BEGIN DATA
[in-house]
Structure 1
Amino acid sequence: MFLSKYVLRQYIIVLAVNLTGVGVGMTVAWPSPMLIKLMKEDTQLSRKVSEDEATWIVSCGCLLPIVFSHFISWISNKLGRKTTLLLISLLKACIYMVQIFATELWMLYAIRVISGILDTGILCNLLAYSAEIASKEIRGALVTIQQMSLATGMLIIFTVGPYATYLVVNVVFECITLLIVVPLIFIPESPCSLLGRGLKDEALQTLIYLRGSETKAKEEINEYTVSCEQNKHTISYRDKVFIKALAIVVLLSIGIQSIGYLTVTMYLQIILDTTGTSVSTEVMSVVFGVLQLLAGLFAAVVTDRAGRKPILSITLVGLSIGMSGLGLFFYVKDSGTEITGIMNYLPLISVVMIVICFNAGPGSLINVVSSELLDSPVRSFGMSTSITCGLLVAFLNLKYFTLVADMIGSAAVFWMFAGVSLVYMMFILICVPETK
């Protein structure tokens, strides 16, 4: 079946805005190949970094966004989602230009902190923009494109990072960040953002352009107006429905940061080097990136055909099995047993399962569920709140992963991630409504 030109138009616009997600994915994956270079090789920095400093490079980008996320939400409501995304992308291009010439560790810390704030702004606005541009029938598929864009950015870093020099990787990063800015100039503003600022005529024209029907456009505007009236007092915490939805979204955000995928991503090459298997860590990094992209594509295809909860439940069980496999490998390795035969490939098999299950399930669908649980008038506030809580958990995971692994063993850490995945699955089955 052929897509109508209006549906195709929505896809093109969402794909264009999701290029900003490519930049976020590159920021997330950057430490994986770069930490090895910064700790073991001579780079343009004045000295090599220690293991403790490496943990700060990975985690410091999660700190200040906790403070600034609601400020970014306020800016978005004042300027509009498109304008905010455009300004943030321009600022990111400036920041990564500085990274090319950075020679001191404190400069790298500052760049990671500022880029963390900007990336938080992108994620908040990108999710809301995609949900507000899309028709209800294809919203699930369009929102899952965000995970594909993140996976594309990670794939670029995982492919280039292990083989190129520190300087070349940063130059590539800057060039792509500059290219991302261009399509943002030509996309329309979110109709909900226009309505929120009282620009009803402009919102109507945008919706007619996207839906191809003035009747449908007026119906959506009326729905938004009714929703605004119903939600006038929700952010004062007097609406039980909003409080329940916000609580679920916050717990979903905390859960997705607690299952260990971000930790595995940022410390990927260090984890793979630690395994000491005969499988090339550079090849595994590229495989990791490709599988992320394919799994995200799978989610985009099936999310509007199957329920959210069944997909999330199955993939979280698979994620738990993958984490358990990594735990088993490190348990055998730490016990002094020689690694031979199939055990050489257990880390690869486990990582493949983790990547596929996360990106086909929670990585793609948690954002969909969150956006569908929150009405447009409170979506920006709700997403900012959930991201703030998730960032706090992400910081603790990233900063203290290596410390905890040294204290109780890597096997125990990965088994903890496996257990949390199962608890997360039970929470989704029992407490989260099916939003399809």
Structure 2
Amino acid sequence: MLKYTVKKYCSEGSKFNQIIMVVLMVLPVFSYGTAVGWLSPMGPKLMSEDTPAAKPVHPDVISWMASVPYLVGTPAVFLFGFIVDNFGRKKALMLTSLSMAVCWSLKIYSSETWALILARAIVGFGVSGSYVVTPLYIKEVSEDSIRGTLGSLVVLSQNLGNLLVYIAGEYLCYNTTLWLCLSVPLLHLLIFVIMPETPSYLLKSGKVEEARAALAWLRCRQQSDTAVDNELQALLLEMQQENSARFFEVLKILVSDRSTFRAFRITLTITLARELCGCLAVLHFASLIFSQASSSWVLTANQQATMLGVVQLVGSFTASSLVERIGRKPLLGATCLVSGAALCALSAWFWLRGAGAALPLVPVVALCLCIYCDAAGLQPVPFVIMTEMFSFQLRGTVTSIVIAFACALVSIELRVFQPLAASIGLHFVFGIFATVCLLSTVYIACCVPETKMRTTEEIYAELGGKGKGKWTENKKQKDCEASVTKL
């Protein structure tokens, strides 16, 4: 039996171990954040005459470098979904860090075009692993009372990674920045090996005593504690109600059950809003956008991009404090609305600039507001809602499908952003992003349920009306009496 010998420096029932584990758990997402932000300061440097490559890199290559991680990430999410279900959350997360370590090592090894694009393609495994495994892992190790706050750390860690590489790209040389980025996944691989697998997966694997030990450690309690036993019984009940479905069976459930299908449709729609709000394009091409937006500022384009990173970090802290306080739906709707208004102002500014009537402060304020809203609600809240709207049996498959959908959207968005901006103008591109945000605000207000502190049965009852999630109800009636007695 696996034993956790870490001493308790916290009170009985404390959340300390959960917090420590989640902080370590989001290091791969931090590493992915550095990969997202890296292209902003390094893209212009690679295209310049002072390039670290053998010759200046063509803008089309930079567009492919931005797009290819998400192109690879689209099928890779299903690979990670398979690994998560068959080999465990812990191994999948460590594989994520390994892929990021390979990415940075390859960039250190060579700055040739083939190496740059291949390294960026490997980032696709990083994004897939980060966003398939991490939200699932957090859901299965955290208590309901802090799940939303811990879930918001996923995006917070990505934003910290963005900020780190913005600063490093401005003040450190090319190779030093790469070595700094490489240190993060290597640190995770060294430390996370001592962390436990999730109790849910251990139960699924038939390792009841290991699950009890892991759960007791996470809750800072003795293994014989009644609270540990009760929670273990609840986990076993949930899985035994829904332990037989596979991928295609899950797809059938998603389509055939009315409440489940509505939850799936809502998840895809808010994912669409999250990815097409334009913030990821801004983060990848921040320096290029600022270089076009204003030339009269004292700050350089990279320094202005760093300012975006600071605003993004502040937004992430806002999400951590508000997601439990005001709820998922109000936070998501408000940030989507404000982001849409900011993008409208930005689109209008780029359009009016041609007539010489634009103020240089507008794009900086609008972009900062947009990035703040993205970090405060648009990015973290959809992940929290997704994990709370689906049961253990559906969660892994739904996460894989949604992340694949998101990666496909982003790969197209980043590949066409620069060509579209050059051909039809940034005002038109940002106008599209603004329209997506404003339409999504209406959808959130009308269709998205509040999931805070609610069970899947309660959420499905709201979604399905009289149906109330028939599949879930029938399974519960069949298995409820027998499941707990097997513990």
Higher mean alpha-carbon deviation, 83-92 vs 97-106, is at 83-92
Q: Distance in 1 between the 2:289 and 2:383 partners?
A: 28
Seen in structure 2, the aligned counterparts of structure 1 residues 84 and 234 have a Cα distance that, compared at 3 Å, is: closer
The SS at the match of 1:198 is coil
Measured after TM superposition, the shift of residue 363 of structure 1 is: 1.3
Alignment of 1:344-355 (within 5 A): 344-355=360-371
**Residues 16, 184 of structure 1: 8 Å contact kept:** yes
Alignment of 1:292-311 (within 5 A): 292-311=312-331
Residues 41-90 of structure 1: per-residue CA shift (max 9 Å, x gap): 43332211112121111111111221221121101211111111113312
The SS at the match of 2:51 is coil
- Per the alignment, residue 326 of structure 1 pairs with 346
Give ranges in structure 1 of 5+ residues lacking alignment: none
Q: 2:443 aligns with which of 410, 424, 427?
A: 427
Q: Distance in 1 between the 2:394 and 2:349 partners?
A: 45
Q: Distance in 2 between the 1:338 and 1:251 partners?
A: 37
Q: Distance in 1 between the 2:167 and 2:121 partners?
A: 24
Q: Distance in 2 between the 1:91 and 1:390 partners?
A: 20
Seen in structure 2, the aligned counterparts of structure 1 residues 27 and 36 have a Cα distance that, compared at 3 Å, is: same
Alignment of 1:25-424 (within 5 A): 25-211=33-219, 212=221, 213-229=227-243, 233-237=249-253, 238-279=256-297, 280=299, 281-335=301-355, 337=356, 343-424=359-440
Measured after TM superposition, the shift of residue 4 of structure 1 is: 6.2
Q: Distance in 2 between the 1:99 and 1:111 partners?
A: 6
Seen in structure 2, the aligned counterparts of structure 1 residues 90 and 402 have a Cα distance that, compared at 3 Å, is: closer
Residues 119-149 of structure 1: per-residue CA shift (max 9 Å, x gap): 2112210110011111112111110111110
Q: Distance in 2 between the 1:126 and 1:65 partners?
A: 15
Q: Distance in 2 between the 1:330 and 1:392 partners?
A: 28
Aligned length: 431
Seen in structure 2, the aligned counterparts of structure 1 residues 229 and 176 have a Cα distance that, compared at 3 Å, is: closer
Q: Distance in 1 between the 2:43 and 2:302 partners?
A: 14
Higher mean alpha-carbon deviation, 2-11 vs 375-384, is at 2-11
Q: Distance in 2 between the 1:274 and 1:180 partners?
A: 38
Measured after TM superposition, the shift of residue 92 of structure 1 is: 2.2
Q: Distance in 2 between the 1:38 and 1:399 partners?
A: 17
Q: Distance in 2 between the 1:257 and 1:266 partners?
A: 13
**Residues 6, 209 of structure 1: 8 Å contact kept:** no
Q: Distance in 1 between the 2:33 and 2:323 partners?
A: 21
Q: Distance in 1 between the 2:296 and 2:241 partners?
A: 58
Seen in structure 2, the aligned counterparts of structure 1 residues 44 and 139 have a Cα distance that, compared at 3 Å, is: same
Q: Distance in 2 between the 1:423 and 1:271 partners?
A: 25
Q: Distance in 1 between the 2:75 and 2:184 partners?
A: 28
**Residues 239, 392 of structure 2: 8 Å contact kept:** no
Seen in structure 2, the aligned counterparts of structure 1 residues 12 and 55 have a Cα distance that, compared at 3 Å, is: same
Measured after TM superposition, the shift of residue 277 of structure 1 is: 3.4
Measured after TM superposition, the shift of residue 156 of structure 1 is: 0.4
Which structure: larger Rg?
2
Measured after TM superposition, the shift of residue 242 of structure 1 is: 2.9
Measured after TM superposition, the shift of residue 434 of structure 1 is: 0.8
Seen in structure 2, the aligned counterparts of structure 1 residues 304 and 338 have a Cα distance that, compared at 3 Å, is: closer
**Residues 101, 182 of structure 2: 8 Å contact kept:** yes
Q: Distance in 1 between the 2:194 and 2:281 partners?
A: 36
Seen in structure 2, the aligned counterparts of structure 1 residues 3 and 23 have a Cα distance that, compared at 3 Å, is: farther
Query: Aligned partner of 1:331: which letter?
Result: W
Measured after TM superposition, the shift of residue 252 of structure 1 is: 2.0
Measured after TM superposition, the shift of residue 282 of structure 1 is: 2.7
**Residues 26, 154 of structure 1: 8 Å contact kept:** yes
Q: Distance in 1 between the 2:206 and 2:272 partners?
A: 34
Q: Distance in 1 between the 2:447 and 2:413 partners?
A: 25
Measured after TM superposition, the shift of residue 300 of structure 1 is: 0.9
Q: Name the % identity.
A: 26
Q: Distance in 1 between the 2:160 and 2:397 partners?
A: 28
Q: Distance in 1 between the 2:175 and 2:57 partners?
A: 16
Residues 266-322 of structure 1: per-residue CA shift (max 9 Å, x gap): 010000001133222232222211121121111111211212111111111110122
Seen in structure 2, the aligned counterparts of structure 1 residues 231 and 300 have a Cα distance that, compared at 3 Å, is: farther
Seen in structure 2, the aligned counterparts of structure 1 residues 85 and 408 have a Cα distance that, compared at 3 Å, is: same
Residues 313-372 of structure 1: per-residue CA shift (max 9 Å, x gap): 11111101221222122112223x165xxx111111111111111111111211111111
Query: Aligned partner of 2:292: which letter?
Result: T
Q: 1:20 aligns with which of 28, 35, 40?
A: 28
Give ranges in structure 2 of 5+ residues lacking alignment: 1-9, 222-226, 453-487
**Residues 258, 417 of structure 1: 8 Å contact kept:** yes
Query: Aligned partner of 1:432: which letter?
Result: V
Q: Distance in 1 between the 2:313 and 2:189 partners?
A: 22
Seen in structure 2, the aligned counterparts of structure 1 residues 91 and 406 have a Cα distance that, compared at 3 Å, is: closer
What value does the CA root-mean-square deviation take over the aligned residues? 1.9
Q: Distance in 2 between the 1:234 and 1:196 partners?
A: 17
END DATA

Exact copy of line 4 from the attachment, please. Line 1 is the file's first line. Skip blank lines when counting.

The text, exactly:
């Protein structure tokens, strides 16, 4: 079946805005190949970094966004989602230009902190923009494109990072960040953002352009107006429905940061080097990136055909099995047993399962569920709140992963991630409504 030109138009616009997600994915994956270079090789920095400093490079980008996320939400409501995304992308291009010439560790810390704030702004606005541009029938598929864009950015870093020099990787990063800015100039503003600022005529024209029907456009505007009236007092915490939805979204955000995928991503090459298997860590990094992209594509295809909860439940069980496999490998390795035969490939098999299950399930669908649980008038506030809580958990995971692994063993850490995945699955089955 052929897509109508209006549906195709929505896809093109969402794909264009999701290029900003490519930049976020590159920021997330950057430490994986770069930490090895910064700790073991001579780079343009004045000295090599220690293991403790490496943990700060990975985690410091999660700190200040906790403070600034609601400020970014306020800016978005004042300027509009498109304008905010455009300004943030321009600022990111400036920041990564500085990274090319950075020679001191404190400069790298500052760049990671500022880029963390900007990336938080992108994620908040990108999710809301995609949900507000899309028709209800294809919203699930369009929102899952965000995970594909993140996976594309990670794939670029995982492919280039292990083989190129520190300087070349940063130059590539800057060039792509500059290219991302261009399509943002030509996309329309979110109709909900226009309505929120009282620009009803402009919102109507945008919706007619996207839906191809003035009747449908007026119906959506009326729905938004009714929703605004119903939600006038929700952010004062007097609406039980909003409080329940916000609580679920916050717990979903905390859960997705607690299952260990971000930790595995940022410390990927260090984890793979630690395994000491005969499988090339550079090849595994590229495989990791490709599988992320394919799994995200799978989610985009099936999310509007199957329920959210069944997909999330199955993939979280698979994620738990993958984490358990990594735990088993490190348990055998730490016990002094020689690694031979199939055990050489257990880390690869486990990582493949983790990547596929996360990106086909929670990585793609948690954002969909969150956006569908929150009405447009409170979506920006709700997403900012959930991201703030998730960032706090992400910081603790990233900063203290290596410390905890040294204290109780890597096997125990990965088994903890496996257990949390199962608890997360039970929470989704029992407490989260099916939003399809």